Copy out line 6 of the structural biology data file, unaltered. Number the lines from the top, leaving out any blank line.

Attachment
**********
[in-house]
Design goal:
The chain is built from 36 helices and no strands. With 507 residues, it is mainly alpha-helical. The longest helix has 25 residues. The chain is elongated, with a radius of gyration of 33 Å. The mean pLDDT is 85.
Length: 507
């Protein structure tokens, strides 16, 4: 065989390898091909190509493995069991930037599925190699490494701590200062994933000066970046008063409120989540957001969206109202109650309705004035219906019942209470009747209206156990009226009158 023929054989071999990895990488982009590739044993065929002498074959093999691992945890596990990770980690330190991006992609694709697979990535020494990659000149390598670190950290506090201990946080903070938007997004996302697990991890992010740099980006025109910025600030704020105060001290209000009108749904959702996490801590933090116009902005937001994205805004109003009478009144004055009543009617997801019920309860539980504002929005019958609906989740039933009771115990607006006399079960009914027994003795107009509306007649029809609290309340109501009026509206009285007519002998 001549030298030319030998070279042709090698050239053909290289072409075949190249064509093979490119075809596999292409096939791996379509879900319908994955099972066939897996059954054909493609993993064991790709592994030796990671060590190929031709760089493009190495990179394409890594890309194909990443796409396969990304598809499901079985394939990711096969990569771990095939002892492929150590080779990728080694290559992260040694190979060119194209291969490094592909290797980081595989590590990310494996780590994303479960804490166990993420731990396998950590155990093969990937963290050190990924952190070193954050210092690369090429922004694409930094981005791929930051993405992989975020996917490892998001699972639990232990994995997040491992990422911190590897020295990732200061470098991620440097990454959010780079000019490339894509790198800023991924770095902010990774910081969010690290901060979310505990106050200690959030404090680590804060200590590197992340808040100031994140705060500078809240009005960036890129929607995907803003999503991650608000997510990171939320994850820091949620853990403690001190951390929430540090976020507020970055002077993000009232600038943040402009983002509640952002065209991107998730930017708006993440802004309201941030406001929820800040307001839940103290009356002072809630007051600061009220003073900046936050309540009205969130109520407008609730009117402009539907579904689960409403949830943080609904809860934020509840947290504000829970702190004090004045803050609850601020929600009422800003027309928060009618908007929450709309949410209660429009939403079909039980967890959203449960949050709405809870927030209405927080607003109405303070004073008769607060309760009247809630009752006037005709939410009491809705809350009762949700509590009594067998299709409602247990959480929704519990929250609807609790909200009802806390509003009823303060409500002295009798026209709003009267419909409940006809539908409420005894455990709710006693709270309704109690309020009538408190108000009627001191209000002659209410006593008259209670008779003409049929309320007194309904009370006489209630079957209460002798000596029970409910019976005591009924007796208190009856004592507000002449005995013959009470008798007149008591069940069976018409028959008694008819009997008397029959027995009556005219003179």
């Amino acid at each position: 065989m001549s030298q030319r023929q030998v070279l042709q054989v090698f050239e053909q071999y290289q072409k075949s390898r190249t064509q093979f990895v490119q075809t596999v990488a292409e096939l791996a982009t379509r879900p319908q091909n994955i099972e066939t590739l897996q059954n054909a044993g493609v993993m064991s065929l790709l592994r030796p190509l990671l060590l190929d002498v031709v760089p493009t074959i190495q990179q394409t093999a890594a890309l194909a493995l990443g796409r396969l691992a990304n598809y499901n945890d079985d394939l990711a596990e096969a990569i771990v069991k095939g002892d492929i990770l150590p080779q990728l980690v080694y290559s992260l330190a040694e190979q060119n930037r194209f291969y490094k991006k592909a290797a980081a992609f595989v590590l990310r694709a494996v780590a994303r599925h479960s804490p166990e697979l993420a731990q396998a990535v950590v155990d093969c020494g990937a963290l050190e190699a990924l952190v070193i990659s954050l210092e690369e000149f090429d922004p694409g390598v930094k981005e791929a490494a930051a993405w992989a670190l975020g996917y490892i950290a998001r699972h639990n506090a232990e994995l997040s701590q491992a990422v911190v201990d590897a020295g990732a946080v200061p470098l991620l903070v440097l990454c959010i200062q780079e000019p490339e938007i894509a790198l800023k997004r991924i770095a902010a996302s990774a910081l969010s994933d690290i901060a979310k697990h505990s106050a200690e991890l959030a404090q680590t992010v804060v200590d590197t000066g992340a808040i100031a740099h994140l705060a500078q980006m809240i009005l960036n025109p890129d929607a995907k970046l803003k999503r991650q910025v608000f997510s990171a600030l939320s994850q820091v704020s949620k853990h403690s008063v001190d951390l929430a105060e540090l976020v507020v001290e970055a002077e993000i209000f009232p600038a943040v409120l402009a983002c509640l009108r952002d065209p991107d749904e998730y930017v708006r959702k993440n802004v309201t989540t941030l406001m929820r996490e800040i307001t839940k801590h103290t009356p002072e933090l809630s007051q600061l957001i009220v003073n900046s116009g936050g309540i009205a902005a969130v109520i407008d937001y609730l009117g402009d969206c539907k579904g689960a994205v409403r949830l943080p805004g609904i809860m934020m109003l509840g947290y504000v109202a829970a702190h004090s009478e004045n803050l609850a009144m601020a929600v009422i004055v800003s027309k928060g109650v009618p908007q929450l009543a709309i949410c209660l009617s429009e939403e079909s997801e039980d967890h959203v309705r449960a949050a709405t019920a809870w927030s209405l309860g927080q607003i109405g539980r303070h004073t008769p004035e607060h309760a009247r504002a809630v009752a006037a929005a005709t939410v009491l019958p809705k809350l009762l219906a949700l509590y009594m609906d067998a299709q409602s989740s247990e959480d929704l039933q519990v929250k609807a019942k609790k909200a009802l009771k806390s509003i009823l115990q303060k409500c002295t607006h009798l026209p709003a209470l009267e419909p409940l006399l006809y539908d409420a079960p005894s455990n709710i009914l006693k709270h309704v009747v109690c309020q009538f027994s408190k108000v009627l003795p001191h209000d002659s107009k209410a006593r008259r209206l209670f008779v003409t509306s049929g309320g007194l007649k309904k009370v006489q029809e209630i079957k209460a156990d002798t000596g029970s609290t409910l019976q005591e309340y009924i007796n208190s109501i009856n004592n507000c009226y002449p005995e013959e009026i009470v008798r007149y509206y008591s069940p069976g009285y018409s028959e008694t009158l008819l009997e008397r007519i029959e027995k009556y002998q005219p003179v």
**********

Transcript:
């Amino acid at each position: 065989m001549s030298q030319r023929q030998v070279l042709q054989v090698f050239e053909q071999y290289q072409k075949s390898r190249t064509q093979f990895v490119q075809t596999v990488a292409e096939l791996a982009t379509r879900p319908q091909n994955i099972e066939t590739l897996q059954n054909a044993g493609v993993m064991s065929l790709l592994r030796p190509l990671l060590l190929d002498v031709v760089p493009t074959i190495q990179q394409t093999a890594a890309l194909a493995l990443g796409r396969l691992a990304n598809y499901n945890d079985d394939l990711a596990e096969a990569i771990v069991k095939g002892d492929i990770l150590p080779q990728l980690v080694y290559s992260l330190a040694e190979q060119n930037r194209f291969y490094k991006k592909a290797a980081a992609f595989v590590l990310r694709a494996v780590a994303r599925h479960s804490p166990e697979l993420a731990q396998a990535v950590v155990d093969c020494g990937a963290l050190e190699a990924l952190v070193i990659s954050l210092e690369e000149f090429d922004p694409g390598v930094k981005e791929a490494a930051a993405w992989a670190l975020g996917y490892i950290a998001r699972h639990n506090a232990e994995l997040s701590q491992a990422v911190v201990d590897a020295g990732a946080v200061p470098l991620l903070v440097l990454c959010i200062q780079e000019p490339e938007i894509a790198l800023k997004r991924i770095a902010a996302s990774a910081l969010s994933d690290i901060a979310k697990h505990s106050a200690e991890l959030a404090q680590t992010v804060v200590d590197t000066g992340a808040i100031a740099h994140l705060a500078q980006m809240i009005l960036n025109p890129d929607a995907k970046l803003k999503r991650q910025v608000f997510s990171a600030l939320s994850q820091v704020s949620k853990h403690s008063v001190d951390l929430a105060e540090l976020v507020v001290e970055a002077e993000i209000f009232p600038a943040v409120l402009a983002c509640l009108r952002d065209p991107d749904e998730y930017v708006r959702k993440n802004v309201t989540t941030l406001m929820r996490e800040i307001t839940k801590h103290t009356p002072e933090l809630s007051q600061l957001i009220v003073n900046s116009g936050g309540i009205a902005a969130v109520i407008d937001y609730l009117g402009d969206c539907k579904g689960a994205v409403r949830l943080p805004g609904i809860m934020m109003l509840g947290y504000v109202a829970a702190h004090s009478e004045n803050l609850a009144m601020a929600v009422i004055v800003s027309k928060g109650v009618p908007q929450l009543a709309i949410c209660l009617s429009e939403e079909s997801e039980d967890h959203v309705r449960a949050a709405t019920a809870w927030s209405l309860g927080q607003i109405g539980r303070h004073t008769p004035e607060h309760a009247r504002a809630v009752a006037a929005a005709t939410v009491l019958p809705k809350l009762l219906a949700l509590y009594m609906d067998a299709q409602s989740s247990e959480d929704l039933q519990v929250k609807a019942k609790k909200a009802l009771k806390s509003i009823l115990q303060k409500c002295t607006h009798l026209p709003a209470l009267e419909p409940l006399l006809y539908d409420a079960p005894s455990n709710i009914l006693k709270h309704v009747v109690c309020q009538f027994s408190k108000v009627l003795p001191h209000d002659s107009k209410a006593r008259r209206l209670f008779v003409t509306s049929g309320g007194l007649k309904k009370v006489q029809e209630i079957k209460a156990d002798t000596g029970s609290t409910l019976q005591e309340y009924i007796n208190s109501i009856n004592n507000c009226y002449p005995e013959e009026i009470v008798r007149y509206y008591s069940p069976g009285y018409s028959e008694t009158l008819l009997e008397r007519i029959e027995k009556y002998q005219p003179v």